Sir Michael Caine is one of Hollywood’s best-loved actors, and during his decades-long career, he has given life to some of the most iconic roles on the big screen.
Such is his longevity, it’s hard to imagine a time when Caine was a relative newcomer in Hollywood.
However, a new autobiography, Blowing the Bloody Doors Off, has much to say about his early years as an actor attempting to break into the movie industry.
In particular, Caine reports a memorable incident when he first met Academy Award winner and Hollywood legend, John Wayne.
According to the new book, Caine had arrived in Hollywood shortly after completing the 1996 film Alfie.
This romantic comedy-drama was Caine’s big break, and he was in Hollywood hoping to build on his recent successes within the British film industry.
Although he had already appeared in high profile British films such as Zulu (1964) and The Ipcress File (1965), Alfie earned Caine international critical acclaim, and he was even nominated for an Oscar.
Following this, he made the move to Hollywood, and in the book, describes how an early encounter with John Wayne made a dramatic impression on him as a young man.
Shortly after arriving in Hollywood, Caine was staying in the Beverley Hills Hotel, frequented by many notable movie stars.
One day, as he was sitting in the lobby, a helicopter landed right outside the entrance to the hotel and out stepped John Wayne dressed as a cowboy.
Caine writes that he was astonished by the appearance of this Hollywood legend and came out of the lobby to watch the spectacle.
Noticing Caine standing at the entrance to the hotel, Wayne approached him and asked him if he was, in fact, the young actor that had starred in Alfie. Caine nodded, and Wayne leaned in to give him a piece of advice.
According to the account in the book, Wayne said, “You’re gonna be a star, kid. But if you want to stay one, remember this: talk low, talk slow, and don’t say too much.”
Writing in Blowing the Bloody Doors Off, Caine comments that although he appreciated the great actor’s kindness, this was not great advice.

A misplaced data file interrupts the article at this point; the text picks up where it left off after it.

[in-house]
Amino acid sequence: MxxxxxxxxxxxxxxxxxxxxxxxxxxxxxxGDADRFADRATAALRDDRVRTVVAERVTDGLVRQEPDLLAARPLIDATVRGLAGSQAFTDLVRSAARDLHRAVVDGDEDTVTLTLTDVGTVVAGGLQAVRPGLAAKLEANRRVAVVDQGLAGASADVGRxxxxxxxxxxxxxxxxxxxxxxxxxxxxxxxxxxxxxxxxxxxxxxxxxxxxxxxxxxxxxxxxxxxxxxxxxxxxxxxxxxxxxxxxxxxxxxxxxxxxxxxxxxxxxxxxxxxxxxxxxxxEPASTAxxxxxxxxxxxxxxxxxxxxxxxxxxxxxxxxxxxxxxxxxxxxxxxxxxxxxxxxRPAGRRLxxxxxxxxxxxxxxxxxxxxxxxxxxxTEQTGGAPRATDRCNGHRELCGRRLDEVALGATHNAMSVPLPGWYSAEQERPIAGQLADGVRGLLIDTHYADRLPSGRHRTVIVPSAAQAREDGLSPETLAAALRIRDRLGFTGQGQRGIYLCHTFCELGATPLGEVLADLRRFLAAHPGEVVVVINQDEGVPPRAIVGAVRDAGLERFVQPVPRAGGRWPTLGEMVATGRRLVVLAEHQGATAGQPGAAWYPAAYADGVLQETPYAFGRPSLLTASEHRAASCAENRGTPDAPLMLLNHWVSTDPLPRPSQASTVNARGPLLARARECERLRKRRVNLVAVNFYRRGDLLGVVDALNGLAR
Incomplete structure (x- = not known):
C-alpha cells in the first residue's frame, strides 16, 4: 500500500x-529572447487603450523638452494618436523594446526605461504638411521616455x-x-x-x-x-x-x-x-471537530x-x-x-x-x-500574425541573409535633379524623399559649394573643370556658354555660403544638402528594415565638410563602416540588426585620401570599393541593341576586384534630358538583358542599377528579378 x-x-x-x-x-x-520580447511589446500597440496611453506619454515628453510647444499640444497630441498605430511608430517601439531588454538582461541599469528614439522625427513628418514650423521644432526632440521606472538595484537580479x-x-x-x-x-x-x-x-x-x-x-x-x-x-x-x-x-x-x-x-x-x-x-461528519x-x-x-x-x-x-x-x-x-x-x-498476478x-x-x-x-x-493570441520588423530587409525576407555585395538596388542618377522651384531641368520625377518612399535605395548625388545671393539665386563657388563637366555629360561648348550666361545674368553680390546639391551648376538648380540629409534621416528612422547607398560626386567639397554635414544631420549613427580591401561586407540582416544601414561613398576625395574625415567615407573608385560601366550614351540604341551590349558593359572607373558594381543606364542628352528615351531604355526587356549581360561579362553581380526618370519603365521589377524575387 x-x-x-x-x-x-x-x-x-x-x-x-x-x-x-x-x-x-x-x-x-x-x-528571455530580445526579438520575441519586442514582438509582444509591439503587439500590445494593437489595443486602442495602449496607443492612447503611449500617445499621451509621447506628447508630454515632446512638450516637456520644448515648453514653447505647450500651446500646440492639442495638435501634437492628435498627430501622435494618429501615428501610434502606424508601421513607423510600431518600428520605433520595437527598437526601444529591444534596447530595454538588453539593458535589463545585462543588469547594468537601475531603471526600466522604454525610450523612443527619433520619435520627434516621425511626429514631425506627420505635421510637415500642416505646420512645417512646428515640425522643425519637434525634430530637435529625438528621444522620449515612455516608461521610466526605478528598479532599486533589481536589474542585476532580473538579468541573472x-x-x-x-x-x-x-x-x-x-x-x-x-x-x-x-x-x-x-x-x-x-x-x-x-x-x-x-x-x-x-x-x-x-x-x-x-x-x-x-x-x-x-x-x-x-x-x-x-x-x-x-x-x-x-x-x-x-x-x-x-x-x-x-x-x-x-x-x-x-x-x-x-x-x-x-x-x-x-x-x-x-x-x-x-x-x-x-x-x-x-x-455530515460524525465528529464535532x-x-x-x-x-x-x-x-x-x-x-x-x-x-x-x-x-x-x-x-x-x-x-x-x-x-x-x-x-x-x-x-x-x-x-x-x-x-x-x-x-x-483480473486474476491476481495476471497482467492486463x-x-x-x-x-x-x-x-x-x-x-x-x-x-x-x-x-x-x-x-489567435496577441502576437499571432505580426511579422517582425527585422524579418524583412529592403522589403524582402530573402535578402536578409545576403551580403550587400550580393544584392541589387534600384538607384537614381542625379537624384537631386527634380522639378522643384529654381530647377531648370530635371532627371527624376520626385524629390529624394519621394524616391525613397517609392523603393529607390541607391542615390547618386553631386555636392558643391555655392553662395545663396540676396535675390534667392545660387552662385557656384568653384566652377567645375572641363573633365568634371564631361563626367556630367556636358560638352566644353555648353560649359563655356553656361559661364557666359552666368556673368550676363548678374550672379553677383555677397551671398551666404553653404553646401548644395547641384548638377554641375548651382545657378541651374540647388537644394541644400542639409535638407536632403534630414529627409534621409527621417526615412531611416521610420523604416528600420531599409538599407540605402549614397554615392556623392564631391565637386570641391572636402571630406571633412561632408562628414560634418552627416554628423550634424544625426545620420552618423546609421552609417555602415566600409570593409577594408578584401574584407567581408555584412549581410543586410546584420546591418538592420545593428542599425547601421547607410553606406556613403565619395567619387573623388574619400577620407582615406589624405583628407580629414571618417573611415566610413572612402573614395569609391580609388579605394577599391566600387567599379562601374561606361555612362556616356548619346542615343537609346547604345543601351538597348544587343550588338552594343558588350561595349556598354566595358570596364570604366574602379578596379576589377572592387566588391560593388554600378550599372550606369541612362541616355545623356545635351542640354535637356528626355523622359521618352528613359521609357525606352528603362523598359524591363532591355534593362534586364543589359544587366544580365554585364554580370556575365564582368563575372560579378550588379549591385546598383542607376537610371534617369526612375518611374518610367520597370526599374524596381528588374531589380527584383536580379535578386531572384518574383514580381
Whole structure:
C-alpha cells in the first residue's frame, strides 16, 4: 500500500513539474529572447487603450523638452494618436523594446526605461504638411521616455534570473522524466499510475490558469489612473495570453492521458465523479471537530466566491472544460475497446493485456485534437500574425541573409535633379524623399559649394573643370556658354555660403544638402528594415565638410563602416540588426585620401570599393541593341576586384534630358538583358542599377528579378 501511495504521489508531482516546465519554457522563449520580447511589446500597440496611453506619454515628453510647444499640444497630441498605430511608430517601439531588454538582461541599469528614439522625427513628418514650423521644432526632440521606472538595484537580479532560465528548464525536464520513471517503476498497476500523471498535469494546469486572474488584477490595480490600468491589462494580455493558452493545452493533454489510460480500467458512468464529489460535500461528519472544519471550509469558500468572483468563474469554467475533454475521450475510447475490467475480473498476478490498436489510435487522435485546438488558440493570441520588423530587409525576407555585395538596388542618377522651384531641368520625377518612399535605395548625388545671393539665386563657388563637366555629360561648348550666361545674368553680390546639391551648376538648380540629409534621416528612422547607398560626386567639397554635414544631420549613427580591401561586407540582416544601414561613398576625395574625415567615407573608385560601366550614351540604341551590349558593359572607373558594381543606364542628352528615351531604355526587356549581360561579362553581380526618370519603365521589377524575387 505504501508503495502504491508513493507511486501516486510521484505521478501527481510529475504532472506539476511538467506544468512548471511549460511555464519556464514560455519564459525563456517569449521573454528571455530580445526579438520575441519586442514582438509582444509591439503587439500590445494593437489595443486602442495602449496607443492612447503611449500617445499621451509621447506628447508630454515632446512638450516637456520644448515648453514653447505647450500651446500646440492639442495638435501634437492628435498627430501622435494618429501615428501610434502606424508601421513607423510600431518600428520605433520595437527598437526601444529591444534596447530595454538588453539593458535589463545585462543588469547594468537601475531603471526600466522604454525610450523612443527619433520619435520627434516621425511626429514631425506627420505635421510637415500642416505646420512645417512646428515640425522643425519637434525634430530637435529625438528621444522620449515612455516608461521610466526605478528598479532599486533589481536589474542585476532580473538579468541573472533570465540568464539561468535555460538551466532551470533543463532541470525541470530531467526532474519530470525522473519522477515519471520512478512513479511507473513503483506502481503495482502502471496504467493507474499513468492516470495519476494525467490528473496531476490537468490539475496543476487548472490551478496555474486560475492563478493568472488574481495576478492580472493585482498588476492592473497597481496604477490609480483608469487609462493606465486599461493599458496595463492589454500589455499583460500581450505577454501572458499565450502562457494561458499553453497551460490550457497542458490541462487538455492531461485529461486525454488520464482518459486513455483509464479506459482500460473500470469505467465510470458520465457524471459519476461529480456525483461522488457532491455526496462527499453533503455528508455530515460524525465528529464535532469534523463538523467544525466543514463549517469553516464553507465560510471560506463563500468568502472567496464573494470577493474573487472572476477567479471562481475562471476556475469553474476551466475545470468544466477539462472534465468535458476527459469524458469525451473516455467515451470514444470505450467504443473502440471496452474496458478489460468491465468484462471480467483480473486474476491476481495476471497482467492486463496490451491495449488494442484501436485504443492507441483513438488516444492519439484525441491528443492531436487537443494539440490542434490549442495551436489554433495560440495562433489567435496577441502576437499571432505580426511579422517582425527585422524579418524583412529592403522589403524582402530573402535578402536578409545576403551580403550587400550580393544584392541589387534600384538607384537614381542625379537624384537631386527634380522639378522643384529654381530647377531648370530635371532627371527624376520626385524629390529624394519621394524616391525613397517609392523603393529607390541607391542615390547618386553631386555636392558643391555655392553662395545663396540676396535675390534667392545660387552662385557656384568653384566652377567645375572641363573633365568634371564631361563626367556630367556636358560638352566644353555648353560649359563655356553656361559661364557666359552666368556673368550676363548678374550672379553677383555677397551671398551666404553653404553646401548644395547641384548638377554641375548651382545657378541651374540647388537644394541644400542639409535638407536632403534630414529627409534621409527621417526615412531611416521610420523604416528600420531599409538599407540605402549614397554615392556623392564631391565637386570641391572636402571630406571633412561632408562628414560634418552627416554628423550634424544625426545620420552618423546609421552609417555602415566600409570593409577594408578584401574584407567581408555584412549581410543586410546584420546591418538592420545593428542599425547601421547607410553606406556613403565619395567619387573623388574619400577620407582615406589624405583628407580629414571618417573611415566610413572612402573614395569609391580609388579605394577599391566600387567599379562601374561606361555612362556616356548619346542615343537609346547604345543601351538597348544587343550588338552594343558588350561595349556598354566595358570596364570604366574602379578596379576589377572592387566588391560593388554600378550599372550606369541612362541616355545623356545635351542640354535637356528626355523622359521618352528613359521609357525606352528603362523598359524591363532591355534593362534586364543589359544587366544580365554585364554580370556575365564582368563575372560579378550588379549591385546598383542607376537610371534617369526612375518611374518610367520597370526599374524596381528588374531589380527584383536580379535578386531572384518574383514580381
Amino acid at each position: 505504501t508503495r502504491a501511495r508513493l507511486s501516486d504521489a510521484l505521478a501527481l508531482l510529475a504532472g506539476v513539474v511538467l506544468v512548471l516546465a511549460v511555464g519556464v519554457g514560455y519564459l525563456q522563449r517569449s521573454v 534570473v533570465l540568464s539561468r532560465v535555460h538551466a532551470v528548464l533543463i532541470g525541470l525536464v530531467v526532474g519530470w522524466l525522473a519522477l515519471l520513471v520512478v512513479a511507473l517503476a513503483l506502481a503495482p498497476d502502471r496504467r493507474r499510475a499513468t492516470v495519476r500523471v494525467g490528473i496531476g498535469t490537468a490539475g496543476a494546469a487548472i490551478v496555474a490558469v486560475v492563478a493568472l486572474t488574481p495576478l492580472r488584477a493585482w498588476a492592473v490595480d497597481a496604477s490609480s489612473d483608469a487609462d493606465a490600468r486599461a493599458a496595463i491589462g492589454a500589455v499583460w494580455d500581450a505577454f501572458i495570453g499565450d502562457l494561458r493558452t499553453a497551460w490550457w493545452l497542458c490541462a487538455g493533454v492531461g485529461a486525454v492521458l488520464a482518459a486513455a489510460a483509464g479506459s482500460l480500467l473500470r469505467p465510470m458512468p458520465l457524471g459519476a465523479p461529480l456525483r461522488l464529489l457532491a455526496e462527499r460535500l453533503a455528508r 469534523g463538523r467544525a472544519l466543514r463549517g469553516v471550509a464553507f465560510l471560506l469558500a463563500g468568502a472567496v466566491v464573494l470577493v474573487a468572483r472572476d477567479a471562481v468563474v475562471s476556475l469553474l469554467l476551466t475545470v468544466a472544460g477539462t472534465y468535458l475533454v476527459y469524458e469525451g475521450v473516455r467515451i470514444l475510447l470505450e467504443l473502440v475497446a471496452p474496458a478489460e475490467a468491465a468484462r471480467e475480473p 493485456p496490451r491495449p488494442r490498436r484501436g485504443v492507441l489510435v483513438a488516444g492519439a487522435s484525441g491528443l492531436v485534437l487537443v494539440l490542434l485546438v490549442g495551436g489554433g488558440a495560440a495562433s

Caine was a character actor, and one of the great strengths of his career has been his ability to cope with demanding and varied dialogue.
Wayne’s advice was ideal for someone who hoped to break into Westerns but less useful for the young Michael Caine.
Reflecting on this moment in the book, Caine also outlines the way in which his own approach to passing down shared wisdom has changed over the years.
For many years he was extremely skeptical of the value of asking older actors for advice, as in his experience, they often told him to give up on his dream of becoming a great actor.
More recently his attitude has somewhat mellowed, and he now thinks back to some of the incredibly useful guidance offered to him by Hollywood greats such as Marlene Dietrich and Laurence Olivier.
John Wayne’s counsel outside the Beverley Hills Hotel, however, only served to remind him that just because something worked well for one actor, doesn’t mean that it will necessarily work for everyone.
In subsequent interviews, Caine expanded further on the advice given to him that day by Wayne. In addition to cautioning the young actor against saying too much, he also recommended that he never, under any circumstances, wear suede shoes.
Speaking on NPR, Caine said that he was confused by this remark. Wayne went on, saying, “Never wear suede shoes, because one day, Michael, you’ll be taking a pee, and the guy next to you will recognize you, and he’ll turn toward you and say ‘Michael Caine!’ and pee all over your shoes.”
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Although Caine maintains a healthy skepticism about the value of advice doled out to young actors by their older peers, perhaps this was one tip worth sharing.